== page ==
Life in the Freezer has the best of both worlds, being very well filmed in 1993 (but obviously not in the HD class of the ludicrously-overblown "Life") while also telling a compelling story across the six episodes. The series has the unusual format of six 30 minute episodes, rather than the 50+10 minute format that has become ubiquitous since. The shorter episodes are actually superior in terms of pacing and keeping the viewer engaged throughout (and you can fit them all on a single disc!). For example, why would you labour through the ghastly anthropomorphised narration of "March of the Penguins" when you can experience the concise, powerful telling of the same story in a third of the time here? The final episode is unusual in looking at the human involvement in Antarctica; visiting (for example) Scott's hut and exploring the human legacy of exploration in the Heroic Age. I thought that the move away from the wildlife might be an irritation but, in fact, it adds another dimension to the series and ends the six episodes in a very satisfying way. I find this small masterpiece one of the absolute jewels of Attenborough's marvellous career and urge you to buy it.
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on 12 December 2009
All documentary by David Attenborough is great. This is not different. I love it and you will like this too, if you buy it.
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on 6 November 2006
Great summary of all the areas most people visit when they go to Antarctica. Deception island was quite interesting, looked a lot different then what I imagined compared to what I thought it would compared to what I've read in travel guides.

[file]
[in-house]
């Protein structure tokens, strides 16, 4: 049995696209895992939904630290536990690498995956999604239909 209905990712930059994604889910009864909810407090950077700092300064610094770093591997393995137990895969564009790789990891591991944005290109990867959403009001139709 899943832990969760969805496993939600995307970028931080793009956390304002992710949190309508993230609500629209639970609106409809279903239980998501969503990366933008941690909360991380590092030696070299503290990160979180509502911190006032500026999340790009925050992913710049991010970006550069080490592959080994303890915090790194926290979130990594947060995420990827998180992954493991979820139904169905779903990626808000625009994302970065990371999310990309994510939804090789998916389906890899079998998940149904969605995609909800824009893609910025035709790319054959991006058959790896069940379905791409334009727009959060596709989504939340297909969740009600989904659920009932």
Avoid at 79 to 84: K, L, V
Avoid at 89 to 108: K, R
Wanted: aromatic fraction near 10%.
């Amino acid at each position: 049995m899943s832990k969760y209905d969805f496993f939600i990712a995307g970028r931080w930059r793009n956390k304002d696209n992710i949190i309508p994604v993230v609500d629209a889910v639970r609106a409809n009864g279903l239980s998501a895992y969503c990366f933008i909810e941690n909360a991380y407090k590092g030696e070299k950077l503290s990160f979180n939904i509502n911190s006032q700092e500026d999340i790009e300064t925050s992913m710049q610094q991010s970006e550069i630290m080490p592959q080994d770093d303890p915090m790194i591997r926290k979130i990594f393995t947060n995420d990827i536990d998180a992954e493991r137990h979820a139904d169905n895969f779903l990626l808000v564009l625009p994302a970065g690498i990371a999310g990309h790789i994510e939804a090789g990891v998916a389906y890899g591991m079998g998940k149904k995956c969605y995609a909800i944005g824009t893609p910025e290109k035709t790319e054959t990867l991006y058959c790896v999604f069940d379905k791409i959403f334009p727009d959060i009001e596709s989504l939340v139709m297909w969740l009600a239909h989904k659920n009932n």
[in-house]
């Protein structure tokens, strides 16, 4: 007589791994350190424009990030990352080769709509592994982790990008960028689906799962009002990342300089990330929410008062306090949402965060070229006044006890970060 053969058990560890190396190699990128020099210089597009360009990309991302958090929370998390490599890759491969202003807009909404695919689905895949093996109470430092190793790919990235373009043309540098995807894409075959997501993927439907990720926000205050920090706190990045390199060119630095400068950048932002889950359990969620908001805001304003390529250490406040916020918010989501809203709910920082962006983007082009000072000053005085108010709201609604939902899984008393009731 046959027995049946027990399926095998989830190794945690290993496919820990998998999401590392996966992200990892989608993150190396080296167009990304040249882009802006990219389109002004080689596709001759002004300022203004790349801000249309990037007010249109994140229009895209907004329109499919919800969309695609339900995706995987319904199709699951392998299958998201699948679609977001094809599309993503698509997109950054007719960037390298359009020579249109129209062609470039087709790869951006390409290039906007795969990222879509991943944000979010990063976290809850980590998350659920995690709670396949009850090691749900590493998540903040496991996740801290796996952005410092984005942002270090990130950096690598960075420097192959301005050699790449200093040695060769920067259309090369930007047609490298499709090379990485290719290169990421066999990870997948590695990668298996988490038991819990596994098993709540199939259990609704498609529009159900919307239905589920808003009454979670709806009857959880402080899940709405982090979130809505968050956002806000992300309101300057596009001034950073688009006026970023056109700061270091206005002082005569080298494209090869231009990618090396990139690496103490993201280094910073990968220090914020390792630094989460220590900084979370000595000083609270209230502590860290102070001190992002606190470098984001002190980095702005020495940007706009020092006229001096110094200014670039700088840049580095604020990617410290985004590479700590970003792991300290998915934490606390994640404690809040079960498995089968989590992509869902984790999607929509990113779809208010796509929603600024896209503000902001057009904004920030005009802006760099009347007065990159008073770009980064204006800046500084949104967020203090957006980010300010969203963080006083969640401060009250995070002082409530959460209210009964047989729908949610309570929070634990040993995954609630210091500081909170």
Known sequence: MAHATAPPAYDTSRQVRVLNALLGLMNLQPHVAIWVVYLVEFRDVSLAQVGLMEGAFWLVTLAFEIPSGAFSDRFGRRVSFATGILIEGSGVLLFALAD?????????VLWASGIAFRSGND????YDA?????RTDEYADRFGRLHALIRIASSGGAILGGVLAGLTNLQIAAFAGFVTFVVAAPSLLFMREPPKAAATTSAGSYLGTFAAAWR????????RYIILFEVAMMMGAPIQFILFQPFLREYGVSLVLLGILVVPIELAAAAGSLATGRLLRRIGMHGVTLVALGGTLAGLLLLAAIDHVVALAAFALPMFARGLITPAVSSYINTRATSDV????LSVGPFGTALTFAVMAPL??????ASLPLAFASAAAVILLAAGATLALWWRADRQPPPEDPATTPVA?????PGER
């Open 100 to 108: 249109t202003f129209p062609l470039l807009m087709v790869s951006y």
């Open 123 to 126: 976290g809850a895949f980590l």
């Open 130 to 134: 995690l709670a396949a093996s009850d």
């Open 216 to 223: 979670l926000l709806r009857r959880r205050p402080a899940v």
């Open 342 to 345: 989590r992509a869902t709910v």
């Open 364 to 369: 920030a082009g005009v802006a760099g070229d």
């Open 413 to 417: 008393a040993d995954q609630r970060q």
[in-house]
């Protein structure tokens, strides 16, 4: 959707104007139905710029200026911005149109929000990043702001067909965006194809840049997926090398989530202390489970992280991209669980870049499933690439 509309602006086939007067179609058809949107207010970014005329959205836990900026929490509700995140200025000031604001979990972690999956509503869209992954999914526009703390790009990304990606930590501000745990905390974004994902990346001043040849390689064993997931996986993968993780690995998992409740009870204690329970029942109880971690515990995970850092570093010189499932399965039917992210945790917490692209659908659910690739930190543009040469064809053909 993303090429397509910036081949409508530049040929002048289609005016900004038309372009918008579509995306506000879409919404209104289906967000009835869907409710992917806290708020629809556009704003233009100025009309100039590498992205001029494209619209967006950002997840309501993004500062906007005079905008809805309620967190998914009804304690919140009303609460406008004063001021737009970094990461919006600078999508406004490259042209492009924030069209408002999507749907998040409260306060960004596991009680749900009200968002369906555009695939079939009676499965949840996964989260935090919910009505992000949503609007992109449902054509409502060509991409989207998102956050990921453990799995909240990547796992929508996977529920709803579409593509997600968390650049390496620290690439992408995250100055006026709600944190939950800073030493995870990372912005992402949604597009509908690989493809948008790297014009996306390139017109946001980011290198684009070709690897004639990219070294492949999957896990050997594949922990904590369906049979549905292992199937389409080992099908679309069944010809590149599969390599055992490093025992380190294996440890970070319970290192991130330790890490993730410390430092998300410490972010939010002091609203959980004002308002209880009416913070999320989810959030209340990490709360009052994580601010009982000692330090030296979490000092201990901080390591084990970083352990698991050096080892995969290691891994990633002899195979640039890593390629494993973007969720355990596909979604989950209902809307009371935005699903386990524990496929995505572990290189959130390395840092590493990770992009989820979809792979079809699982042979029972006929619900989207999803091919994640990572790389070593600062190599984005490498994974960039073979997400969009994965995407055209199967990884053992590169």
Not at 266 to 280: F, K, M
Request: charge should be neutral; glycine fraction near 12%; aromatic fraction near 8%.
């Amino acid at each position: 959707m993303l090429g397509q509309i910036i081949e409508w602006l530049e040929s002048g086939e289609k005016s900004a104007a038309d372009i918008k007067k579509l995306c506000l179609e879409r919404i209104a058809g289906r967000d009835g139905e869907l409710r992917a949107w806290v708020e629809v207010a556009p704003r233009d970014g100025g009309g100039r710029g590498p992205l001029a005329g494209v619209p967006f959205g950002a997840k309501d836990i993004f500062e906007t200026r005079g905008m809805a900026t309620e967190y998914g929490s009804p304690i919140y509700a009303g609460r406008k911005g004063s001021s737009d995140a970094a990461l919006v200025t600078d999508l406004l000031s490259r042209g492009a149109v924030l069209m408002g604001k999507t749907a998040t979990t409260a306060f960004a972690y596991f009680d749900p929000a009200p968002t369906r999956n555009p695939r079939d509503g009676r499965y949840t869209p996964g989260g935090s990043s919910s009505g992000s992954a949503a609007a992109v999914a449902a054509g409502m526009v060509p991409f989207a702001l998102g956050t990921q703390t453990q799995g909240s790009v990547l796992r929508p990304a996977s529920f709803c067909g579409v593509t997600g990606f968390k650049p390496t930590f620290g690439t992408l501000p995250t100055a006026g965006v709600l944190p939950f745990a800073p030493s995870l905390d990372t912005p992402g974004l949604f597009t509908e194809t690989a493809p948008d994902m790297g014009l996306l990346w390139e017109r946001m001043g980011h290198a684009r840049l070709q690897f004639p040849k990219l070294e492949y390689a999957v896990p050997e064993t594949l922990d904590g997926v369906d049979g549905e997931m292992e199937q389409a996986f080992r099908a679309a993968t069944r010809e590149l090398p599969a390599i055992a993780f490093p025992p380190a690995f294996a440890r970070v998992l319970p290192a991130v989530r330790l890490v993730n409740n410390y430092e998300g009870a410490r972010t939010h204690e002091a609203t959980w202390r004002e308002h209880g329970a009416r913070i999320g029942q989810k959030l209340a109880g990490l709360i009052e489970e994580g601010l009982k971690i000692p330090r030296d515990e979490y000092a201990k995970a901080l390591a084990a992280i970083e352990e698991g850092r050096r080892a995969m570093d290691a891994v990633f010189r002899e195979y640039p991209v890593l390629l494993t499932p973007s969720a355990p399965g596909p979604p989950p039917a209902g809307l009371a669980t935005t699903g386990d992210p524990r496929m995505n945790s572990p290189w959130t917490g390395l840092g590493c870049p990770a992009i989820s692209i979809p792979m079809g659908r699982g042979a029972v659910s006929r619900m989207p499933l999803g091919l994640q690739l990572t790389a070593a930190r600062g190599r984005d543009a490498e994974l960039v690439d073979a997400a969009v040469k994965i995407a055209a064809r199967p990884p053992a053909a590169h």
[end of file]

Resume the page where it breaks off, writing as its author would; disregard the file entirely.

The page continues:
Some amazing footage, including footage in the water with leopard seals!
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on 2 November 2010
I was astonished to discover that this was made in 1993 - it is amazing to see how much has changed in 17 years. The transfer is most definitely not a digital remastering and the grainy quality of the film really shows up. There is also a terribly 1980s synth soundtrack and some very basic graphic illustrations and these things are really noticable in comparison to the digitally shot and orchestrally scored recent BBC nature productions. However, to compensate for this you have the pleasure of having Sir David as presenter as opposed to narrator, much less intrusive foley artist work and obviously all the wonders that the Antarctic can offer. A bargain for the price.
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on 3 March 2009
A lovely dvd, made much more interesting after hearing Ben Osbourne speak in Goole about the filming of this dvd .
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on 1 January 2010
Words can't express the wonder I feel when watching Life, watch it & see for yourself
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Short episodes of 30 mins each looking at the Antarctic.

A little dated now but very watchable and entertaining.

Attenborough's presentation is, as always, superb.